Newark and Sherwood: Students to be involved in week of action on crime with Nottinghamshire Police
Young people will be involved in a week of action, engagement, education and raising awareness of a multitude of crimes starting from next week.
Nottinghamshire Police’s Schools and Early Intervention Officers (SEIO) will be working with students in a series of sessions highlighting issues like knife crime, hate crime, cyber crime (money muling) and County Lines.
Despite the closure of schools due to the lockdown, officers will still deliver workshops to schools by adapting the current situation - providing online interactive sessions and YouTube vlogs on different subjects.
From next week, schools, colleges and alternative provision providers will be able to book onto daily digital workshops covering a range of subjects.
For example, one session may focus on money mules. These are people who transfer stolen money on behalf of others, usually through their bank account.
In some instances, where it has been requested to meet an identified need of the setting, officers will still be going into schools to provide specific sessions in a covid-secure environment.
SEIO co-ordinator Karen Dalby said: “We’ve had to be innovative and adapt due to the lockdown but we have managed to continue to respond to the needs of schools in different parts of the city and county who have told us which sessions they want us to deliver.
“In that sense it has been very much business as usual for us during the pandemic.
“We will be providing online sessions next week, targeted at Year 7-13 students. In addition, we are supporting Nottingham College with over 20 sessions. These are being supported by other Nottinghamshire Police departments including our County Lines, hate crime and cyber and fraud protect teams, and Youth Outreach.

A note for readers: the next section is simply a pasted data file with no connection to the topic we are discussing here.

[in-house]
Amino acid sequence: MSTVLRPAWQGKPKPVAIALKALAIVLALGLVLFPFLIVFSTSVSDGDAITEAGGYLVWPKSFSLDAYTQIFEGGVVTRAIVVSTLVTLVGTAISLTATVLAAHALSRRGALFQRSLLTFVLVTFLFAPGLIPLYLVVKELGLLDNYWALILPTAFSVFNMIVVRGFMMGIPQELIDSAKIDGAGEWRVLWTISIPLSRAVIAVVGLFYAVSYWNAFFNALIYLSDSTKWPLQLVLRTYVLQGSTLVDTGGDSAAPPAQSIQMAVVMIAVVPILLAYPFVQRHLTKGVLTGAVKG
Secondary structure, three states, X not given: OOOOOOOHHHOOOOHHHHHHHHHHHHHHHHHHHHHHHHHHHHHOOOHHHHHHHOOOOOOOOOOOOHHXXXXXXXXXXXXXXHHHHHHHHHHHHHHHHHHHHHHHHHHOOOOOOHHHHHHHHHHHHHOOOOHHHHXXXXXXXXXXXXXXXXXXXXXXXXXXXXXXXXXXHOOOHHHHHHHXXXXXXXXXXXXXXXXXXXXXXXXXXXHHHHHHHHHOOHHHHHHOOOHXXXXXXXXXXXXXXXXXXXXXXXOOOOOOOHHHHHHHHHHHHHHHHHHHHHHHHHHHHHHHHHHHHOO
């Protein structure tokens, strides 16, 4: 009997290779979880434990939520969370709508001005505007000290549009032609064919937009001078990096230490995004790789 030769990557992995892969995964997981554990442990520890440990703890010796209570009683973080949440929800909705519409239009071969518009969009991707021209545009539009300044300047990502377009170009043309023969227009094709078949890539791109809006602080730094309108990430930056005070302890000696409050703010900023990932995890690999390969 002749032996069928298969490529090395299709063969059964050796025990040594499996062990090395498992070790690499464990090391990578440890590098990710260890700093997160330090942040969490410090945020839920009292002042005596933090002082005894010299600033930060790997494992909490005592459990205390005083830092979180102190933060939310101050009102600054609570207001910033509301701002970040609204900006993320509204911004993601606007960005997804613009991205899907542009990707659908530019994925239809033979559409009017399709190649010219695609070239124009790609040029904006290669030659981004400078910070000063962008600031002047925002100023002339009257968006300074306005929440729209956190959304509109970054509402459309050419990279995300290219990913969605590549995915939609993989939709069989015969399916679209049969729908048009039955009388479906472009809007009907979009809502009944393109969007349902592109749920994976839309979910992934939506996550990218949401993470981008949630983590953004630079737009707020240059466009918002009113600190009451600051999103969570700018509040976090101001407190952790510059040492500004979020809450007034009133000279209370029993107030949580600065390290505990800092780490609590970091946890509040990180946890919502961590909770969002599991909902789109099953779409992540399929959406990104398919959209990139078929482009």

“Many of the young people the SEIOs engage with are extremely vulnerable and can be victims of crime or on the cusp of becoming involved in crime.
“The SEIOs provide advice and interventions which can make a real difference to young people. It’s also about breaking down barriers between the police and young people and improving relationships, giving an increased sense of safety for everyone.
“The idea behind the sessions is to give young people key information around particular issues that may be affecting them and then to have a positive discussion with a police officer to encourage making better life choices and divert them away from the criminal justice system.
"During the sessions students are able to ask and answer questions directly with the SEIOs who are delivering the workshops and each of the sessions are delivered with a teacher present.
“I am enormously proud of the SEIO team adapting to these challenging times and maintaining links with the young people of Nottinghamshire.
"This has been achieved through their enthusiasm and hard work delivering some key messages and guidance around issues that affect young people."
All the sessions will be evaluated using online feedback.